Ever since Lexus first set out to conquer the luxury car market, it has carefully cultivated an image of high quality and refinement. And to that end they’ve been extremely successful. But with the ultra quiet cabins and silky smooth highway manners, some would argue the ride is so refined, it excludes the driver from the experience. The same cannot be said, however, of the all-new GS400. This barnstorming performance sedan definitely has some very un-Lexus-like performance characteristics, and it is designed to keep the driver included.
And with performance leap-frogging to the top of the priority list, it was back to the drawing board for Lexus engineers. Who created, in the completely redesigned 1998 Lexus GS 400, a performance sedan intended to give its Autobahn rivals a run for their money.
And at first glance, their intentions are quite clear. While maintaining a basic identifying shape, some subtle and not-so-subtle styling cues give the GS 400 a more aggressive appearance. The large triangular headlights, with integrated turning lamps, wrap the front corners, giving the front a sleek, built-for-speed look, while separate high beam lamps flank the understated, yet classy grill.
Overall length has become understated as well, as the all-new platform has been shortened by six inches. Lengthy front and rear overhangs have been reduced, resulting in a more taut and muscular profile.
At the back, the inboard-outboard light arrangement that began up front is continued. As large taillamps wrap around the rear quarters, with separate brake lights set just inside the trunk lid.
When added together, the ‘98 GS 400 is far more appealing than its predecessor, and is a cleaner effort than the Lexus HPS show car we saw last January. And a very low 0.29 drag coefficient bares this out.
Not that the new V-8 needs much help from a slippery body design. For the GS 400, the LS 400’s 4.0-liter, 32-valve, dual overhead cam, powerplant has been reworked to kick out 300 horses. And 310 pound-feet of torque, 80 percent of it available at only 1800 rpm. New cylinder heads feature continuous Variable Valve Timing, with intelligence, a first for a production V-8. The GS 300’s 225 horsepower 3.0-liter inline 6 also gets the VVT-i Treatment.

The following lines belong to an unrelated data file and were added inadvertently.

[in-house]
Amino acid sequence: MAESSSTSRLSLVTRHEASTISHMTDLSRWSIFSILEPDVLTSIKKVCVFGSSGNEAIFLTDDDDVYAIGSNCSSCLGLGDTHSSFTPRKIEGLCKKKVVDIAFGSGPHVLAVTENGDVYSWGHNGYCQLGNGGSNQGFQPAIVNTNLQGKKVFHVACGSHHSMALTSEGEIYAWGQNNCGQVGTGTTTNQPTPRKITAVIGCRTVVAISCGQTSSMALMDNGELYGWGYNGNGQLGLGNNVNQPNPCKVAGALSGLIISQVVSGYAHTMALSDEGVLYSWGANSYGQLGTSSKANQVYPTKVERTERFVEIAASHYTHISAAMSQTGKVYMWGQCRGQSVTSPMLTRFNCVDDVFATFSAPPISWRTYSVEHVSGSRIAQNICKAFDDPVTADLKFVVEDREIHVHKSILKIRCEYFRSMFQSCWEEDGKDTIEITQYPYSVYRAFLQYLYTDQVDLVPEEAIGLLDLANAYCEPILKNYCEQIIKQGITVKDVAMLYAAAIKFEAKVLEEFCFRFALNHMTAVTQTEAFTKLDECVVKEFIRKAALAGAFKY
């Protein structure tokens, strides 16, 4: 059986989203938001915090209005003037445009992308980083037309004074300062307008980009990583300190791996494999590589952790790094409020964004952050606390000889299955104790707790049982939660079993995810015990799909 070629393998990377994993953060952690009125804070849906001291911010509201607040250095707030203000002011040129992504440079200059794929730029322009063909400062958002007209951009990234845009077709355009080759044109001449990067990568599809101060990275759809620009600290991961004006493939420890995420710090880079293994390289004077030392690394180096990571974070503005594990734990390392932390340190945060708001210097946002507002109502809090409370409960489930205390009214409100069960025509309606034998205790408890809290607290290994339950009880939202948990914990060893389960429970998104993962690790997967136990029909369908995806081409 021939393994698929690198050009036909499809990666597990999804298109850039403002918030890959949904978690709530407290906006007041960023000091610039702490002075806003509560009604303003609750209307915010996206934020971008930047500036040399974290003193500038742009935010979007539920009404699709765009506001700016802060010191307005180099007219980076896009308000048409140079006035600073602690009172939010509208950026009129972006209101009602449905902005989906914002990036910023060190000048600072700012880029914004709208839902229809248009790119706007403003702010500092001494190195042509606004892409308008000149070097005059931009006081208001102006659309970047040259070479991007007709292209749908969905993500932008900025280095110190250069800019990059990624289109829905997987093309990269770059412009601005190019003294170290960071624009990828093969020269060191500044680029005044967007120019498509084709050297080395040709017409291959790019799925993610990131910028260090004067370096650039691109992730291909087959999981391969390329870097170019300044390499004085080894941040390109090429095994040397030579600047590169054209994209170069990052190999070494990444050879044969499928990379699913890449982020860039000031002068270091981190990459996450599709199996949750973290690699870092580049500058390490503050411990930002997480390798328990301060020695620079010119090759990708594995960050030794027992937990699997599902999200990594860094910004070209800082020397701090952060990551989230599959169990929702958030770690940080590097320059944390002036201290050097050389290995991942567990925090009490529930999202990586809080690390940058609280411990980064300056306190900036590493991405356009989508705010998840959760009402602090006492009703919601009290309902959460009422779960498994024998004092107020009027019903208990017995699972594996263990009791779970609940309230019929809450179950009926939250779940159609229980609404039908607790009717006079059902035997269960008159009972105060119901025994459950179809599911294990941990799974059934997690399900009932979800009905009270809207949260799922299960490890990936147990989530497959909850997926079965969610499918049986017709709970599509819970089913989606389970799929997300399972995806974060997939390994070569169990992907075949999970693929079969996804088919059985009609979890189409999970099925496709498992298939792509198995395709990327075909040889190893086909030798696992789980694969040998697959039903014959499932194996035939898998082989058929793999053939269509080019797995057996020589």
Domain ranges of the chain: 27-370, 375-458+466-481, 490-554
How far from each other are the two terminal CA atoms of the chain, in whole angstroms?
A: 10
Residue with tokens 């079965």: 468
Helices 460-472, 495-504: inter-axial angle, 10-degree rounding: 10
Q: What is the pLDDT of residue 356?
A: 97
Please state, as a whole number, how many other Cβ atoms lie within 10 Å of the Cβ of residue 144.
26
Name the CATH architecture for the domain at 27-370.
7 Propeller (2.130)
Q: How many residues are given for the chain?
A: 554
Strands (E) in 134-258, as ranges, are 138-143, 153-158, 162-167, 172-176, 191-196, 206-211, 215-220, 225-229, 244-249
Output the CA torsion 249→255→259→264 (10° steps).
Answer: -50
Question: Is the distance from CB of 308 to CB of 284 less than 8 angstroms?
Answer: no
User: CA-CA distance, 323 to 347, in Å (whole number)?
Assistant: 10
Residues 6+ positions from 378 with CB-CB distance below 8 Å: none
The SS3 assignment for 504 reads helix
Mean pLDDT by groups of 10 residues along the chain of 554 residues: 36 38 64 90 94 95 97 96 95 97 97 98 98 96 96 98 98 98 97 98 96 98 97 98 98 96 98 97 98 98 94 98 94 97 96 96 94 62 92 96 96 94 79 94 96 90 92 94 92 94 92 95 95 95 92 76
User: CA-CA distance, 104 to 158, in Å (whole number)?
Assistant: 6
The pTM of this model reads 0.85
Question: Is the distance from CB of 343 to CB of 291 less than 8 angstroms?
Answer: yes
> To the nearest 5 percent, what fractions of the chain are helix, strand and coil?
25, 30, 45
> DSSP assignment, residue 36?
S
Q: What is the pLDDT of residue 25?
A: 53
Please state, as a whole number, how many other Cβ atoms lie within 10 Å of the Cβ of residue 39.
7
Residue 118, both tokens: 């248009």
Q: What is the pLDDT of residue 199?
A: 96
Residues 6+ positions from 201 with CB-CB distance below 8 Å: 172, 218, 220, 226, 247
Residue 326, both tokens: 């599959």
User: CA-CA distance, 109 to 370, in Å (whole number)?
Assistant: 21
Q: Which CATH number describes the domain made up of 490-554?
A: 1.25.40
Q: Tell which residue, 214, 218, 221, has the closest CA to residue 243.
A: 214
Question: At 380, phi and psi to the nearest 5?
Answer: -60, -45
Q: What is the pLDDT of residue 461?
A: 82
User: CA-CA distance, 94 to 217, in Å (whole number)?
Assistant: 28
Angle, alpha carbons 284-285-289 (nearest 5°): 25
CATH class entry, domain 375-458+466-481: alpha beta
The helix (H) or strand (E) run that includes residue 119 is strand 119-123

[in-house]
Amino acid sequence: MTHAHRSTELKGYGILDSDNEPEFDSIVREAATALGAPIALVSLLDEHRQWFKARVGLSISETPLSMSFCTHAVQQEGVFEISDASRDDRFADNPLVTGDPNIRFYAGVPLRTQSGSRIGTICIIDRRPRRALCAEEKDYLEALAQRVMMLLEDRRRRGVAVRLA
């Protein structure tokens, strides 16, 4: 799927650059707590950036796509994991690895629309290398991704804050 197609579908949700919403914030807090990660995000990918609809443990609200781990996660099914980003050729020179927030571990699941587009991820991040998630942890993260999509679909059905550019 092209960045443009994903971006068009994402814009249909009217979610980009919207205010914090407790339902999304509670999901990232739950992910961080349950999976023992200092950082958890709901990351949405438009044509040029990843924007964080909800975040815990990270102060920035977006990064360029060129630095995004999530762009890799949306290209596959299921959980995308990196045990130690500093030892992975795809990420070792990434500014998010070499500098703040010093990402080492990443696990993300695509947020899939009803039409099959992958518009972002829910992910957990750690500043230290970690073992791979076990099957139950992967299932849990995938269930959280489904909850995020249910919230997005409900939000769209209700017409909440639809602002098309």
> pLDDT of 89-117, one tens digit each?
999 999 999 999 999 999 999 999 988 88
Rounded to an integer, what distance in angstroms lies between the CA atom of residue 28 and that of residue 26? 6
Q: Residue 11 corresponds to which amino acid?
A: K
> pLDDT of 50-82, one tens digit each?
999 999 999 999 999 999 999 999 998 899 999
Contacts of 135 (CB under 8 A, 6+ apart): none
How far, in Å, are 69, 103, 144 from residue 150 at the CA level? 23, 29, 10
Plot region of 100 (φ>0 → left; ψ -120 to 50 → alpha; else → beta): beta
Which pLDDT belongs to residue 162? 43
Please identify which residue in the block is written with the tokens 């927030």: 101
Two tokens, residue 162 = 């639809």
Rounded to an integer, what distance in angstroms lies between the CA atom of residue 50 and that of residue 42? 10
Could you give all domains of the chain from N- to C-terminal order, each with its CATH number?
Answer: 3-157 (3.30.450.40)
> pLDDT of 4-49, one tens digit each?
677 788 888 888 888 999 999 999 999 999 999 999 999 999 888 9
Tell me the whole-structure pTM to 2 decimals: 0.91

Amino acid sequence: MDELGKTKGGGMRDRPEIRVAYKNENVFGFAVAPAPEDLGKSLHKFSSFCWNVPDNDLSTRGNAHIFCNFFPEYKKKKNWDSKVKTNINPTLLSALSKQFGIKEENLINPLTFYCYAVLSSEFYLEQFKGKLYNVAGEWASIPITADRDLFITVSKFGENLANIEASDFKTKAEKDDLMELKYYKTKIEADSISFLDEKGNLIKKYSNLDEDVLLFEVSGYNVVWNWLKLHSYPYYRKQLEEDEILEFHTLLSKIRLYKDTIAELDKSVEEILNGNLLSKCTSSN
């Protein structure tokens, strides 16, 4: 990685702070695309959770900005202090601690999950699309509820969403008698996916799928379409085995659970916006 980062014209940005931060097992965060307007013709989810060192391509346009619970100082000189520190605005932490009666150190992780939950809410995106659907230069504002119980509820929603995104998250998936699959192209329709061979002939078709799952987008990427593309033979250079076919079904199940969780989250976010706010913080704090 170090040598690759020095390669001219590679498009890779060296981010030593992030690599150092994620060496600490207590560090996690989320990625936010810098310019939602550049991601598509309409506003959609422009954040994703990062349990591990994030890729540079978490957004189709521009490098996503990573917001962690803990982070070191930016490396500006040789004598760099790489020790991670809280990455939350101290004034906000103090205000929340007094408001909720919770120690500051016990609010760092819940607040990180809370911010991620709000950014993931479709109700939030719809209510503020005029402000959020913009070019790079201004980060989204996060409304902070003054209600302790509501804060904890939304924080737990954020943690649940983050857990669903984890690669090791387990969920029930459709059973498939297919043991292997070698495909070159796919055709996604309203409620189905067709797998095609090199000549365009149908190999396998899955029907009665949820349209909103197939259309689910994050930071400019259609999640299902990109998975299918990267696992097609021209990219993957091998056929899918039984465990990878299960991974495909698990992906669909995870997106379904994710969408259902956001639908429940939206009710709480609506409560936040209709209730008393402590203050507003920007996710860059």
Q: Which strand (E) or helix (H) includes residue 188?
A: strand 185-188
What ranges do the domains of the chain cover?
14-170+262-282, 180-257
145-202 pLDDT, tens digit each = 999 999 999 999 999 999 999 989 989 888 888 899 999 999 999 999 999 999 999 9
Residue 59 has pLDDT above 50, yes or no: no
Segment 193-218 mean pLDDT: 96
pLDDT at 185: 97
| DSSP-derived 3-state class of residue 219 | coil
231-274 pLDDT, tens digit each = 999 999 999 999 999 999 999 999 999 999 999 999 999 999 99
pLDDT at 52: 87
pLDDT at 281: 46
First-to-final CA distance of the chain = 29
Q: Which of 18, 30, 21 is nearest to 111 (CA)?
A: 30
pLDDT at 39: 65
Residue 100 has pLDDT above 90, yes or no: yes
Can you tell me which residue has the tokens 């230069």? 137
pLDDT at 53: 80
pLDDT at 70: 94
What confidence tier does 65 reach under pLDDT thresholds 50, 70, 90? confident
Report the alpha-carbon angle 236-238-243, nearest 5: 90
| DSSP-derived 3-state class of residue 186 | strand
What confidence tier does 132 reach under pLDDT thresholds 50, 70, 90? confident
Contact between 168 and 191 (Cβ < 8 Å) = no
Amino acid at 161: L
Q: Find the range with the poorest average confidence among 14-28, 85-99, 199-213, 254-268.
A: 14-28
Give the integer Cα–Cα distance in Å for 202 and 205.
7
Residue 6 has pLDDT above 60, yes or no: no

Power is transferred to the rear wheels through a smooth-as-glass 5-speed automatic transmission, that slingshots the GS 400 to 60 in just six seconds flat. And that’s no fluke. This is one quick Lexus.
While a re-designed and more compact multi-link rear suspension, along with a 32% stiffer unibody and 17-inch wheels, equip the GS 400 to dice it up on even the twistiest roads. And unless disabled, the competent Vehicle Skid Control system is at the ready, should driver exuberance get out of hand.
But although the performance numbers may be a little unsettling to its competitors, the luxurious cabin has the opposite effect on the driver. As the substantially roomier interior, it’s 4.6 cubic feet larger than last year, comes with all the amenities that one expects from a Lexus.
The GS 400 has loads of leather and wood accents throughout. The sporty hide-covered, 3-spoke steering wheel is now smaller. Due to a more compact de-powered second generation air bag that resides there and on the passenger side as well. The dash features a new three-pod instrument cluster with silver-blue Optitron backlighting. A system that keeps the gauges consistently illuminated, regardless of exterior lighting conditions.
Both driver and passenger enjoy 10-way power adjustable seats, with integrated side impact air bags. As expected, the GS 400’s center console is the epitome of ergonomic efficiency. Premium stereo and climate control switch gear is close at hand and self-explanatory. So too is the optional navigation system with voice prompting. And it incorporates the climate and stereo controls it has displaced and operates them by touch screen.
The wood handled shift lever offers a choice of automatic or manual modes. In manual, the E-shift feature is activated, and allows up and down shifts by simply pressing the buttons on the front and back of the steering wheel.
In back, those along for the ride will appreciate the wide door openings, as well as the generous leg, hip, and shoulder room. There’s a big trunk, as well. Thanks to the compact rear suspension and the re-location of the fuel tank, trunk capacity has grown 14 percent to 14.8 cubic feet.
Pricing is not excessive for a performance sedan of this caliber. The GS 300 begins at $37,295, while the GS 400 carries a base sticker of $45,295. Be aware, however, options can easily add $6,000 or more.
No matter, our conclusions are clear. If Lexus pursues performance with the same relentless determination that made them a luxury benchmark, they could give the German machines more than a run for their money. It could be a run for their lives!
Engine: 4.0-Liter, 32-valve, Dohc, V8
Torque: 310 Lb Feet
0-60 MPH: 6 Seconds